Major Exhibition on the Shroud of Turin

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As people throughout the Archdiocese prepare for Easter a major exhibition on the Shroud of Turin is taking place at the Metropolitan Cathedral of Christ the King.

The Shroud is a centuries old linen cloth that bears the image of a crucified man many believe it to be the cloth that wrapped the crucified body of Jesus. It is kept in Turin’s Cathedral of Saint John the Baptist and from time to time is exhibited to the public.

The exhibition at the Cathedral has toured in the United Kingdom and Portugal visiting St Chad’s Cathedral, Birmingham and Coventry Cathedral in 2009 and St Chad’s Church, Shrewsbury, Westminster Cathedral and Lisbon, Portugal last year.  It was created in 2008 by Pam Moon and features life-sized photographic replicas of the Shroud used as a visual aid to tell the story of the crucifixion of Jesus.  The exhibition takes the journey of Jesus from his trial through the events of Good Friday to the empty tomb using passages from the four Gospels and aiming to demonstrate the reality of the flogging, the whip, the piercings and the nails and spear.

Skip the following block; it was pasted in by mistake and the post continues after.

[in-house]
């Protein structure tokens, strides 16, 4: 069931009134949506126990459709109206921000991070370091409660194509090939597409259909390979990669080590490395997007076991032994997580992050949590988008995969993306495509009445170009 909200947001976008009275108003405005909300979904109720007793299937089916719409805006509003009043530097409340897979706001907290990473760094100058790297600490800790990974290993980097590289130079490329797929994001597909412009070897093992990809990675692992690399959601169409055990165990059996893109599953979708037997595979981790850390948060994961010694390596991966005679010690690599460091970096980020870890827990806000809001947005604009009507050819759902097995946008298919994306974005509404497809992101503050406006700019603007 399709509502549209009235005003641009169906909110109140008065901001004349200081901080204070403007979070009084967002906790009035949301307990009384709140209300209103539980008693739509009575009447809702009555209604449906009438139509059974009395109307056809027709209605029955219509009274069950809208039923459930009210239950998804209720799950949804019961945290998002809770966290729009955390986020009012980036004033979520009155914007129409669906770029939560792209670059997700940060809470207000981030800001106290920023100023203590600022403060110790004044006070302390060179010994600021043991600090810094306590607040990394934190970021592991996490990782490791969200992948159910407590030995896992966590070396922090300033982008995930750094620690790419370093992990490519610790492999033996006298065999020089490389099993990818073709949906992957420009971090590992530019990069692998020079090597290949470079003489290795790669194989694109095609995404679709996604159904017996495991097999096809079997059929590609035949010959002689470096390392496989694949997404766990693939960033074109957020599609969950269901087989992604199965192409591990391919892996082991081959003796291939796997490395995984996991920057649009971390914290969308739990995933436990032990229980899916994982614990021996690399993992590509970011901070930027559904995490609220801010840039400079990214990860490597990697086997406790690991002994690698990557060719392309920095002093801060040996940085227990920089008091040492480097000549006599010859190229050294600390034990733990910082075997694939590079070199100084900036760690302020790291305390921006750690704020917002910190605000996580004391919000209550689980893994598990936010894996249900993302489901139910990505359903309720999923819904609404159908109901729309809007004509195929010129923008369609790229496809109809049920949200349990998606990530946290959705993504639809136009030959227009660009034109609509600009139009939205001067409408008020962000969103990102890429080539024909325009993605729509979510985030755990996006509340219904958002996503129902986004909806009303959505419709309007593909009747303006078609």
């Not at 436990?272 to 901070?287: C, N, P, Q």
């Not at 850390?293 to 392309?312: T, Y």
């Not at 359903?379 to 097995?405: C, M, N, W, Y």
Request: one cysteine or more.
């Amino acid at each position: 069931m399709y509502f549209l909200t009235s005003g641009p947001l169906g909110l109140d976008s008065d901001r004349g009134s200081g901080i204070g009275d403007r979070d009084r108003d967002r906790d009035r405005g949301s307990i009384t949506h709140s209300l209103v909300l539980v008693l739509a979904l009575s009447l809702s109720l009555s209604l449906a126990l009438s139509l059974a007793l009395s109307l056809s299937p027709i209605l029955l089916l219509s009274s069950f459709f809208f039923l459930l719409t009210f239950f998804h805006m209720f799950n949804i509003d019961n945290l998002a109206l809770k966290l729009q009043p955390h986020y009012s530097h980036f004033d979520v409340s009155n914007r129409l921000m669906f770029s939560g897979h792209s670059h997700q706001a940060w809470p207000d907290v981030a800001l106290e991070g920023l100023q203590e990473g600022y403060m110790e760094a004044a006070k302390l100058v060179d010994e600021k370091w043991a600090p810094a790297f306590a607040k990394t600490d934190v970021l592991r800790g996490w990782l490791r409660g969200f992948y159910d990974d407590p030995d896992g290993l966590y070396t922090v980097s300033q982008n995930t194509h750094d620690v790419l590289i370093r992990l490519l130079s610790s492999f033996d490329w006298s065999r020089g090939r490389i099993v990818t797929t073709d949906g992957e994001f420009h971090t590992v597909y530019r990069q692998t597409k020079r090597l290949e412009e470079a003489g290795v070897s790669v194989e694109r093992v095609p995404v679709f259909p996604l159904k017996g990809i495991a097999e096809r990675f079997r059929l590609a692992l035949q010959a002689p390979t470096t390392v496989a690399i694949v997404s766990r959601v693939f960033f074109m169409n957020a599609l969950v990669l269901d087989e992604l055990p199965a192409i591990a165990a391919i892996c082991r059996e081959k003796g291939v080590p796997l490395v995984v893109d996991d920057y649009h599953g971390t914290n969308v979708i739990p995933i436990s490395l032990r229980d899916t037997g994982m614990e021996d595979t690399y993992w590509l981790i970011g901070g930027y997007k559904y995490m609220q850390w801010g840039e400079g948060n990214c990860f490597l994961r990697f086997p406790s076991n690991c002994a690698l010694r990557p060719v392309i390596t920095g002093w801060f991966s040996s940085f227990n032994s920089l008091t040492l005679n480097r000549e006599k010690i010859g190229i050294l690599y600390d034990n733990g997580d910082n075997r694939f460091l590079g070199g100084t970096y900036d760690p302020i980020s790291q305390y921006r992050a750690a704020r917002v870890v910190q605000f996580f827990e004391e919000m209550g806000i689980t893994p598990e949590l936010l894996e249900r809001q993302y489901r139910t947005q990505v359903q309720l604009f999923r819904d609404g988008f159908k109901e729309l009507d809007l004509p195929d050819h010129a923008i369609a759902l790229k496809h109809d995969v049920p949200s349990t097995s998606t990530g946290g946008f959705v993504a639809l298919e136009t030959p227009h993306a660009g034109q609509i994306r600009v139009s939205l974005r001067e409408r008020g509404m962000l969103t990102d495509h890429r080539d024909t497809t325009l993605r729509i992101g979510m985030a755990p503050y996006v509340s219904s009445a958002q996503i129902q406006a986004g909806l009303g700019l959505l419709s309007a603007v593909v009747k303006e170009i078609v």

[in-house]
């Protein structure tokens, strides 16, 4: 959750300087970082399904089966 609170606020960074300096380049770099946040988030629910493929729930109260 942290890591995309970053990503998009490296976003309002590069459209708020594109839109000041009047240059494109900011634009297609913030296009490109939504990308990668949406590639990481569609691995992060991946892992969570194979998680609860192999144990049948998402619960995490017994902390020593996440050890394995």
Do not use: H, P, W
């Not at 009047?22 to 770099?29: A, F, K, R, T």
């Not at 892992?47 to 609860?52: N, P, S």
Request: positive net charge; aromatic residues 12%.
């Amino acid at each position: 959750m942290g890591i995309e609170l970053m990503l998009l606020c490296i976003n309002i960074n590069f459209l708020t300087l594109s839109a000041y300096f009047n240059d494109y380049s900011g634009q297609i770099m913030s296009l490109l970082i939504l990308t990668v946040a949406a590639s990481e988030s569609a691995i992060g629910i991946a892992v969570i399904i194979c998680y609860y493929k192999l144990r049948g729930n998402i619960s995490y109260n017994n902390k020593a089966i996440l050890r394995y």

Pam says: ‘The purpose of this exhibition is to use the shroud as a visual aid to tell the story of the Passion and the resurrection of Jesus Christ.’

For the past six years she has been giving talks about the Shroud.  She explained: ‘I have been fascinated by the Turin Shroud since I was a teenager and when I received a gift of money for my 50th birthday from my mother, I decided to use it to buy a full-length replica printed on cotton and two photographic negatives to add interest to my talks.’

‘The replica image was created by an American photographer, Barrie Schwortz, who was the official photographer at the Shroud of Turin Research Project’s examination of the shroud in 1978.  The full-length replica is currently one of only six in the world.

‘I was deeply moved when I first saw the full-length images. It is possible to get an idea of the shroud from television pictures, books, magazines and newspapers articles, but seeing it in its entirety is profoundly challenging.  I am thrilled that this exhibition is being shown in Liverpool’s Metropolitan Cathedral of Christ the King.’

Visitors to the Cathedral cannot miss the exhibition as pictures from the exhibition guide them round to the main displays.  As the days of Lent continue reflections on the Shroud of Turin offer an ideal preparation for Holy Week and Easter.  The exhibition will remain at the Cathedral for another week until Sunday 10 April, admission is free and it may be viewed whenever the Cathedral is open except during services.